communication

The communication habits that can undermine women's power - DAILY LIFE

Thanks to Karina Lane - Daily Life, SMH & The Age for interviewing me.

NOVEMBER 12 2017

Article by Karina Lane

Article by Karina Lane

I'm pretty passionate about helping women into the C-suite, and sometimes it's our language and mannerisms that can get in the way. Firstly because they are different to those of the incumbent at times which can contribute to "exclusion" and secondly, because they've not been a problem before if you worked in mostly feminised industries or in lower level roles, so you may not know that there is any difference or what is going wrong.

Being able to sharpen all the tools in your leadership toolkit is awesome.  Language and communication habits fit in this toolkit. Sometimes it's as simple as one small change to a verbal habit and it can make ll the difference.

As someone heading into the C-suite, self awareness and personal development will be part and parcel of your journey. There are times when you need to acknowledge that another way might be more helpful.  

Thanks to Karina for interviewing me for her article in Daily Life.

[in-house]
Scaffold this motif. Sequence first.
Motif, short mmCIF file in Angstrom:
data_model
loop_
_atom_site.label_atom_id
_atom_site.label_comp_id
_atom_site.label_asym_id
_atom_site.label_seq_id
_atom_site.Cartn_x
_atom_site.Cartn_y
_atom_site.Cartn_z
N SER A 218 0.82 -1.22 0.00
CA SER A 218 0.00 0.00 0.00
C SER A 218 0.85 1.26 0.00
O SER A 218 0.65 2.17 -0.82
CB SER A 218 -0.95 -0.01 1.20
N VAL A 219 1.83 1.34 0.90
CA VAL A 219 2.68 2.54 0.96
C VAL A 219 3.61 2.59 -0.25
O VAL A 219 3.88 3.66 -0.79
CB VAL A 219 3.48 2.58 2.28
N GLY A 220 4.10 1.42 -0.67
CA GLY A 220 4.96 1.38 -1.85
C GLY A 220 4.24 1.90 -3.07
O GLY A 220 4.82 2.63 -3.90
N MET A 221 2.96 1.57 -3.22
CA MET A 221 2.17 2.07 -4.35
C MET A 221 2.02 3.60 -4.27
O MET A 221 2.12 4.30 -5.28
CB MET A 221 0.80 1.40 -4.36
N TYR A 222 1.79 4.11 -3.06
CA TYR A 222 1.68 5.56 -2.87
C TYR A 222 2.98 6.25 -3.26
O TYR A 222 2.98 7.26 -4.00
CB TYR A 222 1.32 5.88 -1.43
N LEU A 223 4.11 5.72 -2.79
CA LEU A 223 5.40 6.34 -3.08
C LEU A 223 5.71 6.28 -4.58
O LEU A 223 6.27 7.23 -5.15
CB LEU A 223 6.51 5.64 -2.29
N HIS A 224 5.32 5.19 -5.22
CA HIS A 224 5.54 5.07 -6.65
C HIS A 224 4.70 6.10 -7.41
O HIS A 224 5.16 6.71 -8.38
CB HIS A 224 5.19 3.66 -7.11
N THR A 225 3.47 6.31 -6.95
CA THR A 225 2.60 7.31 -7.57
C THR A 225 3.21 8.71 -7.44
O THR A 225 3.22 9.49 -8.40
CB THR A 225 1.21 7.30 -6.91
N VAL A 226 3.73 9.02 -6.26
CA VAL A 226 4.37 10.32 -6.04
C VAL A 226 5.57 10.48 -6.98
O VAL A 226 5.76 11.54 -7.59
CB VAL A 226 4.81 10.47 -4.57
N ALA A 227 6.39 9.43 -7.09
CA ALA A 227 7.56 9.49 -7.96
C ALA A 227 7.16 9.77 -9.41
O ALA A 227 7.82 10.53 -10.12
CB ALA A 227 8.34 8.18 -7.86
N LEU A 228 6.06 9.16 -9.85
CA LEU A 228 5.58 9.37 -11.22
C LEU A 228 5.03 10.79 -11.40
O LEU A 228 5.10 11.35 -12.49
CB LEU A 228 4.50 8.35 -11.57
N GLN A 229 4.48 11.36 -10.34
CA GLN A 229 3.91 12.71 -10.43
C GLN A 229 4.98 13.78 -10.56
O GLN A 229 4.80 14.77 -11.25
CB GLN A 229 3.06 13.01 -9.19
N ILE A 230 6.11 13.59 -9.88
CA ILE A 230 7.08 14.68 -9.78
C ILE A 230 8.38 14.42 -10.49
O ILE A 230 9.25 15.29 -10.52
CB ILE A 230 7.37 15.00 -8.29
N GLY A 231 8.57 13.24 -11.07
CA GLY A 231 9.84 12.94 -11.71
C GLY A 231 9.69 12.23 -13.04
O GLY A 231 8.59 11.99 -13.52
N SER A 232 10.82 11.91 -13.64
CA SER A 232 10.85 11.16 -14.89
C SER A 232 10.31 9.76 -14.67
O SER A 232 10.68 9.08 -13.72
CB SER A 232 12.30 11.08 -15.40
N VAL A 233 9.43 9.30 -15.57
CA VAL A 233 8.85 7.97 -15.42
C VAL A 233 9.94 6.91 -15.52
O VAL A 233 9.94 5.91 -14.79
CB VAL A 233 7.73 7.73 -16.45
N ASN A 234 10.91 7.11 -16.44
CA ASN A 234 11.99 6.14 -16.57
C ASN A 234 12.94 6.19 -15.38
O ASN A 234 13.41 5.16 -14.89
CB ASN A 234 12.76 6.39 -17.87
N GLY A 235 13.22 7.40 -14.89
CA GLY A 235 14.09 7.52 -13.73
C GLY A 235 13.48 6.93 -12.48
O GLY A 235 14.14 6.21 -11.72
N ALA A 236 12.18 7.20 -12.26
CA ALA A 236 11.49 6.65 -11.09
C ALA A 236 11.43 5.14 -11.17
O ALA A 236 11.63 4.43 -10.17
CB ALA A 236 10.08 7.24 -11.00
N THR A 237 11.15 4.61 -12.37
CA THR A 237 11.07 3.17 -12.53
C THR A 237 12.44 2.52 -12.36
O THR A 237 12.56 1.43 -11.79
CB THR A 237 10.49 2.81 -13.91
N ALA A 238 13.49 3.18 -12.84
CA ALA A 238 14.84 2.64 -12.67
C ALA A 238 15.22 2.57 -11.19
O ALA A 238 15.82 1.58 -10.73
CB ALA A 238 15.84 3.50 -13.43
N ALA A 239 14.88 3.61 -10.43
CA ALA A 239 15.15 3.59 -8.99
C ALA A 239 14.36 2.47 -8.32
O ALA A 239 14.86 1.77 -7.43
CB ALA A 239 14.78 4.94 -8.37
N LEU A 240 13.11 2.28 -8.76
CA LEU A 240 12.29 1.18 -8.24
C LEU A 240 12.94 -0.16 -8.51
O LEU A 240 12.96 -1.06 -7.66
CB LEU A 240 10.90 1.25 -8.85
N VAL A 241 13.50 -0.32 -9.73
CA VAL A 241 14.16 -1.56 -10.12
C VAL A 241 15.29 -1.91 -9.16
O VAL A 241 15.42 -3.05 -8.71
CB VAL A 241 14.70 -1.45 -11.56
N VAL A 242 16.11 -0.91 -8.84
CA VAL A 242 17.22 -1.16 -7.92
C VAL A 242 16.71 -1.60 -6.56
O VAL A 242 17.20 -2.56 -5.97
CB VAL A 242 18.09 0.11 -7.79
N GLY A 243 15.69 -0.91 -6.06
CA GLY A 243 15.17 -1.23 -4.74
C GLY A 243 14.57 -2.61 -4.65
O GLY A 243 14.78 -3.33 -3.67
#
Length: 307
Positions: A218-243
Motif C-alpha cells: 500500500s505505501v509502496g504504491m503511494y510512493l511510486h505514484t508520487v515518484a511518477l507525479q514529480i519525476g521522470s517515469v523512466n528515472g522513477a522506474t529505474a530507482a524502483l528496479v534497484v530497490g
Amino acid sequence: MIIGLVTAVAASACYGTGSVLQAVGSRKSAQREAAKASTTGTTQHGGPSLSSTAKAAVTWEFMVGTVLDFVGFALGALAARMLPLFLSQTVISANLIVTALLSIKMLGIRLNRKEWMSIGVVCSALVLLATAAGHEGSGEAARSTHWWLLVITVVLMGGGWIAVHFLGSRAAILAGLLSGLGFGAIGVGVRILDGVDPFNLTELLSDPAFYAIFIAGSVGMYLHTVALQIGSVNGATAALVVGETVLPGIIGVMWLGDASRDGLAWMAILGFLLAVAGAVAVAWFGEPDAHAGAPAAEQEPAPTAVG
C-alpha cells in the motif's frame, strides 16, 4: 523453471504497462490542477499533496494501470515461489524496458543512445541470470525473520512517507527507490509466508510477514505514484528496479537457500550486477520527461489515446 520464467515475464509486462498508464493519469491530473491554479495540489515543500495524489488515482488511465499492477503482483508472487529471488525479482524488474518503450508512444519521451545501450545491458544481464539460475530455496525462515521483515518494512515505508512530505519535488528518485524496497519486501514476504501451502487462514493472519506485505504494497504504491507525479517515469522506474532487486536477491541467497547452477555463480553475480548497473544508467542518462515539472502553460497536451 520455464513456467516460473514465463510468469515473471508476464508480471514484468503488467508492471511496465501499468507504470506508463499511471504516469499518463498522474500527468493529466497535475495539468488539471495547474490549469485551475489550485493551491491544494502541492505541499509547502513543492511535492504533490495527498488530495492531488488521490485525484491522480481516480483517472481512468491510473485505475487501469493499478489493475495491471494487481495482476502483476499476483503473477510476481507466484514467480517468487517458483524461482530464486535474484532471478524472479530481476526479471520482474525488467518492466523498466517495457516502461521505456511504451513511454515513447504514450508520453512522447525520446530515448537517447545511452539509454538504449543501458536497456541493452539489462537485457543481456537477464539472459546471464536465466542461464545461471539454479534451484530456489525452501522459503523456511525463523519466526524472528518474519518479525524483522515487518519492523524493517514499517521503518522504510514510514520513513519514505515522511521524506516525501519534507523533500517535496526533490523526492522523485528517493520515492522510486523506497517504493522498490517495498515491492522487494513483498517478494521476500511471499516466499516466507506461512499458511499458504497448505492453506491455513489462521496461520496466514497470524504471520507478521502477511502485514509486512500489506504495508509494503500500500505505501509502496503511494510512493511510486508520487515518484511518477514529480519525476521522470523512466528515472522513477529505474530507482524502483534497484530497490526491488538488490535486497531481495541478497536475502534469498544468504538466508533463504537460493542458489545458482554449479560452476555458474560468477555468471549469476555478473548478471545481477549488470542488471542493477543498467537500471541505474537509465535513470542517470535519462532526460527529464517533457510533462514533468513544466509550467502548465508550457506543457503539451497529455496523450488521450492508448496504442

"I spent years working on my confidence, and knew the ins and outs of assertive communication. I was all about girl power. Apologise for taking up space? Not this lady.
But then I read Tara Mohr's book Playing Big: Practical Wisdom for Women Who Want to Speak Up, Create and Lead. Mohr argues that women constantly diminish their power with speech habits that make us appear apologetic, surprised or even uncertain about what we're saying. This means our ideas and opinions are unappreciated and not valued."
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Women at Work: A Guide for Men

Wall Street Journal

By JOANNE LIPMAN Dec. 12, 2014 4:09 p.m. ET

Even the most well-intentioned male managers can be clueless when dealing with women in the workplace.

We are flooded with career-advice books for women. There are women’s networking groups and leadership conferences galore. But they’re all geared toward women, consumed primarily by women and discussed among women.  I am convinced that women don’t need more advice.  Men do.    
Read more